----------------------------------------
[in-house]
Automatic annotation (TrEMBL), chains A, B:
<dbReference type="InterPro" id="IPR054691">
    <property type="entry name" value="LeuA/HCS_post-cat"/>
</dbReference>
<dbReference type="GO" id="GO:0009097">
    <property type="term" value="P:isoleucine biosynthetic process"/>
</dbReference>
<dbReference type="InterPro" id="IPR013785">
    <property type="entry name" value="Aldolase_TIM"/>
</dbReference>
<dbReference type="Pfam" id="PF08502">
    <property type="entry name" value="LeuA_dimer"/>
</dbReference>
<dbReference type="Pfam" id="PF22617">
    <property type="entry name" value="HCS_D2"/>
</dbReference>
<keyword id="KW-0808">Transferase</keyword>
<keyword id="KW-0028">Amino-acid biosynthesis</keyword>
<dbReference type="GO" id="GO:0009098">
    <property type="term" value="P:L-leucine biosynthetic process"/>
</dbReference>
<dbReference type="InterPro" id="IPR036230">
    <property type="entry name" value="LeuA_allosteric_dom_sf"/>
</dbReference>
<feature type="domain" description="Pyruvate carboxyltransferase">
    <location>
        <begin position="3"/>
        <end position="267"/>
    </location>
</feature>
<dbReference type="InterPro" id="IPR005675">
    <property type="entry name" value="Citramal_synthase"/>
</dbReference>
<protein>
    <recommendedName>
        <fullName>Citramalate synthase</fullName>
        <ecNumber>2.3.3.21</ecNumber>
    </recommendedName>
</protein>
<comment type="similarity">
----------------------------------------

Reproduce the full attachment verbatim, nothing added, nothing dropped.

[in-house]
Automatic annotation (TrEMBL), chains A, B:
<dbReference type="InterPro" id="IPR054691">
    <property type="entry name" value="LeuA/HCS_post-cat"/>
</dbReference>
<dbReference type="GO" id="GO:0009097">
    <property type="term" value="P:isoleucine biosynthetic process"/>
</dbReference>
<dbReference type="InterPro" id="IPR013785">
    <property type="entry name" value="Aldolase_TIM"/>
</dbReference>
<dbReference type="Pfam" id="PF08502">
    <property type="entry name" value="LeuA_dimer"/>
</dbReference>
<dbReference type="Pfam" id="PF22617">
    <property type="entry name" value="HCS_D2"/>
</dbReference>
<keyword id="KW-0808">Transferase</keyword>
<keyword id="KW-0028">Amino-acid biosynthesis</keyword>
<dbReference type="GO" id="GO:0009098">
    <property type="term" value="P:L-leucine biosynthetic process"/>
</dbReference>
<dbReference type="InterPro" id="IPR036230">
    <property type="entry name" value="LeuA_allosteric_dom_sf"/>
</dbReference>
<feature type="domain" description="Pyruvate carboxyltransferase">
    <location>
        <begin position="3"/>
        <end position="267"/>
    </location>
</feature>
<dbReference type="InterPro" id="IPR005675">
    <property type="entry name" value="Citramal_synthase"/>
</dbReference>
<protein>
    <recommendedName>
        <fullName>Citramalate synthase</fullName>
        <ecNumber>2.3.3.21</ecNumber>
    </recommendedName>
</protein>
<comment type="similarity">